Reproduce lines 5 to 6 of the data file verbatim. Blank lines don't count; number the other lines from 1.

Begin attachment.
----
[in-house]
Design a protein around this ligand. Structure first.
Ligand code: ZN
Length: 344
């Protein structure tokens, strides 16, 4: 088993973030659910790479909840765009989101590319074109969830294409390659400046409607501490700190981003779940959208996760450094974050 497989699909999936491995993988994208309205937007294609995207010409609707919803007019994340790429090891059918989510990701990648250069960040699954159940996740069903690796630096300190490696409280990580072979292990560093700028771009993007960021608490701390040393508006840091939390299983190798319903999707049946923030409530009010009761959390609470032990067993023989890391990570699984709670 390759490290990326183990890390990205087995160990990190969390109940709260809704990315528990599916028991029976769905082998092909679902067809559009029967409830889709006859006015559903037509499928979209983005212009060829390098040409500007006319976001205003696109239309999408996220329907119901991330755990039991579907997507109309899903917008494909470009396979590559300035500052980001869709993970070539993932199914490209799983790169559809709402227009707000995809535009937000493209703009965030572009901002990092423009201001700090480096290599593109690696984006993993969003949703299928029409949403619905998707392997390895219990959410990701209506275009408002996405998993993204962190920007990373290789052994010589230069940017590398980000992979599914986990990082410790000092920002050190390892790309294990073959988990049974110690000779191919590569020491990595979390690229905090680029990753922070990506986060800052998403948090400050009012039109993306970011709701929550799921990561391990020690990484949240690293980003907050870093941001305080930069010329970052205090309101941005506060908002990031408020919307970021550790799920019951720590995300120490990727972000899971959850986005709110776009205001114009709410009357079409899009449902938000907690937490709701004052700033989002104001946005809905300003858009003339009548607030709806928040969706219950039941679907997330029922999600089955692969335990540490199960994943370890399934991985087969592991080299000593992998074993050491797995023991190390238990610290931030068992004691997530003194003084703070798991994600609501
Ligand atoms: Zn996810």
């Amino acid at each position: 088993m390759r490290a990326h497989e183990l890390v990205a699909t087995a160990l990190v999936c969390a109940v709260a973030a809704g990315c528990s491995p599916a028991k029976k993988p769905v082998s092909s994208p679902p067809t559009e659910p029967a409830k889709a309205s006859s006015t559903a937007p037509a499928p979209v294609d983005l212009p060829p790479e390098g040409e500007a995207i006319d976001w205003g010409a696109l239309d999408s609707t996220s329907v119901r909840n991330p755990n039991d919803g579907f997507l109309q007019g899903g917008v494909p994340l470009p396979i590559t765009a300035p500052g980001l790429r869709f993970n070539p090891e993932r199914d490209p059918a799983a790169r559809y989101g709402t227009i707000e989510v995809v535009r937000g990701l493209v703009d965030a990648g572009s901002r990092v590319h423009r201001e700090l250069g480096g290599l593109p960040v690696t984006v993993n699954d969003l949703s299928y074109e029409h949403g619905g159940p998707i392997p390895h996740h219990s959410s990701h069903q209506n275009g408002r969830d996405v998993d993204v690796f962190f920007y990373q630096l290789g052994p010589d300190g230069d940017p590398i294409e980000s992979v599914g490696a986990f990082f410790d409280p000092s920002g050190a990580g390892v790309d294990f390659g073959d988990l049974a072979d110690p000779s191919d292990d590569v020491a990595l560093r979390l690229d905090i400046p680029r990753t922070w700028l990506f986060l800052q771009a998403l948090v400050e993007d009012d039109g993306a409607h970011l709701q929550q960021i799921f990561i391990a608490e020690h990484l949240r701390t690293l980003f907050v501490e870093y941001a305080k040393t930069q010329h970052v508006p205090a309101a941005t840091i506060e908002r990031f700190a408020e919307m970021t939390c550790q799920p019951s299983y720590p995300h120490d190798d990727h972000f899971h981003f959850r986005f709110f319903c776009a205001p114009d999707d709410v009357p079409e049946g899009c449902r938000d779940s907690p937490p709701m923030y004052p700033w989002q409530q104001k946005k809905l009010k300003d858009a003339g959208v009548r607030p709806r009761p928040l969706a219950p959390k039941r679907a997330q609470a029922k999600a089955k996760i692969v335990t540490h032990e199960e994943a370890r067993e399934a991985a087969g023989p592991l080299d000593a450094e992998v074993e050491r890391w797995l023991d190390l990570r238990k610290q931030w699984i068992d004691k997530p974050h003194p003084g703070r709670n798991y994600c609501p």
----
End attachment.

């Protein structure tokens, strides 16, 4: 088993973030659910790479909840765009989101590319074109969830294409390659400046409607501490700190981003779940959208996760450094974050 497989699909999936491995993988994208309205937007294609995207010409609707919803007019994340790429090891059918989510990701990648250069960040699954159940996740069903690796630096300190490696409280990580072979292990560093700028771009993007960021608490701390040393508006840091939390299983190798319903999707049946923030409530009010009761959390609470032990067993023989890391990570699984709670 390759490290990326183990890390990205087995160990990190969390109940709260809704990315528990599916028991029976769905082998092909679902067809559009029967409830889709006859006015559903037509499928979209983005212009060829390098040409500007006319976001205003696109239309999408996220329907119901991330755990039991579907997507109309899903917008494909470009396979590559300035500052980001869709993970070539993932199914490209799983790169559809709402227009707000995809535009937000493209703009965030572009901002990092423009201001700090480096290599593109690696984006993993969003949703299928029409949403619905998707392997390895219990959410990701209506275009408002996405998993993204962190920007990373290789052994010589230069940017590398980000992979599914986990990082410790000092920002050190390892790309294990073959988990049974110690000779191919590569020491990595979390690229905090680029990753922070990506986060800052998403948090400050009012039109993306970011709701929550799921990561391990020690990484949240690293980003907050870093941001305080930069010329970052205090309101941005506060908002990031408020919307970021550790799920019951720590995300120490990727972000899971959850986005709110776009205001114009709410009357079409899009449902938000907690937490709701004052700033989002104001946005809905300003858009003339009548607030709806928040969706219950039941679907997330029922999600089955692969335990540490199960994943370890399934991985087969592991080299000593992998074993050491797995023991190390238990610290931030068992004691997530003194003084703070798991994600609501
Ligand atoms: Zn996810």